brutal

+++If I had to choose between betraying my country and betraying my friend I hope I should have the guts to betray my country. -E.M. Forster, What I Believe+++ The best thing I could say in honour of Shakespeare, the man, is that he believed in Brutus, and cast not a shadow of suspicion on the kind of virtue which Brutus represents! It is to him that Shakespeare consecrated his best tragedy. It is at present still called by a wrong name, to him, and to the most terrible essence of lofty morality. Independence of soul! that is the question at…

Quotes – Nietzsche, "Thus Spoke Zarathustra"

“And we should consider every day lost on which we have not danced at lest once. And we should cal every truth false which was not accompanied by at least one laugh.” “To every soul there belongs another world; for every soul, every other soul is an afterworld. Precisely between what is most similar, illusion lies most beautifully; for the smallest cleft is the hardest to bridge.” “O Zarathustra,” the animals said, “to those who think as we do, all things themselves are dancing: they come and offer their hands and laugh and flee — and come back. Everything goes,…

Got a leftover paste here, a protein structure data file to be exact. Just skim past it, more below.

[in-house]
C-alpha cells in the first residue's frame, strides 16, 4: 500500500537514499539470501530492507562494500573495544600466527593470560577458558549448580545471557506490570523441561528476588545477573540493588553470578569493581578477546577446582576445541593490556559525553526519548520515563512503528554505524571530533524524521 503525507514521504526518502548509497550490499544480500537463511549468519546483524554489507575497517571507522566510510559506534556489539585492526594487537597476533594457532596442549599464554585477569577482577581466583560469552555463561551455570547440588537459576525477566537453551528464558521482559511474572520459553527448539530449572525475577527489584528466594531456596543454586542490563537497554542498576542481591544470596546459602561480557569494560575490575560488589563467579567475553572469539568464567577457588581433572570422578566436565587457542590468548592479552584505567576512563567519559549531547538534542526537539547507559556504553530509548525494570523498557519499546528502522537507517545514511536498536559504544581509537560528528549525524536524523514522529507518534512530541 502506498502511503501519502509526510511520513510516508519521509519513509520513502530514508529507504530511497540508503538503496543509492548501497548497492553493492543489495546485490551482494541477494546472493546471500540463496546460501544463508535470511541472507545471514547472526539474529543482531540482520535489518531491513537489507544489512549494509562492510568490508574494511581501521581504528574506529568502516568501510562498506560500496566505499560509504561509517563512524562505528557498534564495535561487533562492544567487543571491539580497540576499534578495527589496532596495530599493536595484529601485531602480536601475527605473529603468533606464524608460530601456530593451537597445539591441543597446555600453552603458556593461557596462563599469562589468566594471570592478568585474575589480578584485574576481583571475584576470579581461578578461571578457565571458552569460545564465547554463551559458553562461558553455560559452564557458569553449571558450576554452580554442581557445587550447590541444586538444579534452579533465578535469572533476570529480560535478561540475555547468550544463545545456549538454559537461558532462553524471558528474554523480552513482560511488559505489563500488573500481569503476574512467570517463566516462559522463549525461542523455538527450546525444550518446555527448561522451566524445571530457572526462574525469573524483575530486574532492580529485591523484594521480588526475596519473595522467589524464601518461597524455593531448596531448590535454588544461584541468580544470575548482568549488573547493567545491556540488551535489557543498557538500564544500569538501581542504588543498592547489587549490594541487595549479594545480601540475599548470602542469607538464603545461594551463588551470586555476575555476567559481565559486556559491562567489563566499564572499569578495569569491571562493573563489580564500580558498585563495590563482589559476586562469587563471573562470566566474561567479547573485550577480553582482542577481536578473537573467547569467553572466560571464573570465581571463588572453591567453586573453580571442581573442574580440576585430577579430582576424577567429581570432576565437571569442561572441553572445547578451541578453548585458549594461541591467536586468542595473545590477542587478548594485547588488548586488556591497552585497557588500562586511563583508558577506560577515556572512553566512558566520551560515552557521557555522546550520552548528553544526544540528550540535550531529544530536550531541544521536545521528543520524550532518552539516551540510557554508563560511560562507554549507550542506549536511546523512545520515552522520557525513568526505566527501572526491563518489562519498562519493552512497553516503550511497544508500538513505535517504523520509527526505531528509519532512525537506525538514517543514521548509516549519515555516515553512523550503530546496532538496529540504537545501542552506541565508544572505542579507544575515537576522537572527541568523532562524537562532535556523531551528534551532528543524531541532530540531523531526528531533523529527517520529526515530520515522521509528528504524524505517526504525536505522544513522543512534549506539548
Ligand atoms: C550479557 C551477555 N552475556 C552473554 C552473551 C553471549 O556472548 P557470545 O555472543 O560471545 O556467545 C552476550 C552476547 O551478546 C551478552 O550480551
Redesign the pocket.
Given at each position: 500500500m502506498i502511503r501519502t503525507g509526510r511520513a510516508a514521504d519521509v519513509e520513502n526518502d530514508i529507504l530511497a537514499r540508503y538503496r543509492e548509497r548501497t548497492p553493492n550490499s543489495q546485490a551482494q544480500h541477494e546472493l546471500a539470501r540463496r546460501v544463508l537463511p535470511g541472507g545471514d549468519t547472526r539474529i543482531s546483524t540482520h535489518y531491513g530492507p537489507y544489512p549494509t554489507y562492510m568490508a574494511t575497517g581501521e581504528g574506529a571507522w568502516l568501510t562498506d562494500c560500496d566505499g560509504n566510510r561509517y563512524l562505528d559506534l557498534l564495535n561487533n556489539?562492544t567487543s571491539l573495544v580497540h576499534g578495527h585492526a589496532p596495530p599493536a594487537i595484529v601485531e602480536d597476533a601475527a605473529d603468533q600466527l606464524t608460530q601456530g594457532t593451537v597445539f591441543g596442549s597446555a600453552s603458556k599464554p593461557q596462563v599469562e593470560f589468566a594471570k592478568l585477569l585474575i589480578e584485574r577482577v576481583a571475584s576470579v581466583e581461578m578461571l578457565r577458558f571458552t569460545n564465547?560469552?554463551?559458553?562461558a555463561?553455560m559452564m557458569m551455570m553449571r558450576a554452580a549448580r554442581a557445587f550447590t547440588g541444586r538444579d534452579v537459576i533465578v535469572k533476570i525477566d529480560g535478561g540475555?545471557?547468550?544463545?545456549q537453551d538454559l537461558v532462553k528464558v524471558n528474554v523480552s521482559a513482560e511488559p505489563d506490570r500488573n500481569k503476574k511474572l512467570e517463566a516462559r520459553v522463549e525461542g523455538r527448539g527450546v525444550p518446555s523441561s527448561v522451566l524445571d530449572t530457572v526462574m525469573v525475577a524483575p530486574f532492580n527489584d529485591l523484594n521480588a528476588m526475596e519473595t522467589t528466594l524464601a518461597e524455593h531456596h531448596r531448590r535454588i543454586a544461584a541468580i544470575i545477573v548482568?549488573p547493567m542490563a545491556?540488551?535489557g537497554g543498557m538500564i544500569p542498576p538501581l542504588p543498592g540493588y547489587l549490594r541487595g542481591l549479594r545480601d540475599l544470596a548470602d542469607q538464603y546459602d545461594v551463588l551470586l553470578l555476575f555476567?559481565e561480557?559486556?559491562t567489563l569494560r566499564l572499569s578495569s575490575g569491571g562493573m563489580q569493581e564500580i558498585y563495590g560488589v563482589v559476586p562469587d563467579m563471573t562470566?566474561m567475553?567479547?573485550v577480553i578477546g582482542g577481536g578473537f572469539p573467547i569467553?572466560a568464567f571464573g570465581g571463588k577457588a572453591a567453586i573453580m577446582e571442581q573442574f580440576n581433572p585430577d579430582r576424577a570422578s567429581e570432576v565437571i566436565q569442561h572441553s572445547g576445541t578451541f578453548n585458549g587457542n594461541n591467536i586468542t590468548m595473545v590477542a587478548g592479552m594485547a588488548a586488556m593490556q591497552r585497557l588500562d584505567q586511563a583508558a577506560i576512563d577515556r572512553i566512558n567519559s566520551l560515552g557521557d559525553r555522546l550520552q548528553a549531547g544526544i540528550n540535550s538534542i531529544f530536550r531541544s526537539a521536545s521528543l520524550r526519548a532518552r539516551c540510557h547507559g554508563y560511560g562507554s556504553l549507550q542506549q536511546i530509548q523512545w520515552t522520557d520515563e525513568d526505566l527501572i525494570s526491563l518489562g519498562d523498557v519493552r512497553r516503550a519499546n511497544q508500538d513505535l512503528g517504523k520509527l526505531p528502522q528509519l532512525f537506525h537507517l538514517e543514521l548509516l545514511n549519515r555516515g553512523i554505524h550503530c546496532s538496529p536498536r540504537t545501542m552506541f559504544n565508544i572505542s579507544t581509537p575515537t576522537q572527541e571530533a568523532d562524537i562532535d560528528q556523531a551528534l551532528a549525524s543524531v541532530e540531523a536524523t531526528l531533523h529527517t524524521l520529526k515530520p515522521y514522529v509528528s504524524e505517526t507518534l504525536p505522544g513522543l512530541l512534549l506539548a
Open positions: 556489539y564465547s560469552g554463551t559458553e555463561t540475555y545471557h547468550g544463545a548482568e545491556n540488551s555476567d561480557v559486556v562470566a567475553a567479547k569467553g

Nietzsche, niche

“In summa: the world as it ought to be exists; this world, in which we live, is an error — this world of ours ought not to exist.…The belief that the world as it ought to be is, really exists, is a belief of the unproductive who do not desire to create a world as it ought to be. They posit it as already available, they seek ways oand means of reaching it. “Will to truth” — as the failure of the will to create.” -Friedrich Nietzsche, from The Will to Power

Nietzsche, niche

“What therefore is truth? A mobile army of metaphors, metonymies, anthropomorphisms: in short a sum of human relations which became poetically and rhetorically intensified, metamorphosed, adorned, and after long usage seem to a notion fixed, canonic, and binding; truths are ilusions of which one has forgotten that they are illusions; worn-out metaphors which have become powerless to affect the senses; coins which have their obverse effaced and now are no longer of account as coins but merely as metal.” –Nietzsche, from On Truth and Lying in an Extra-moral Sense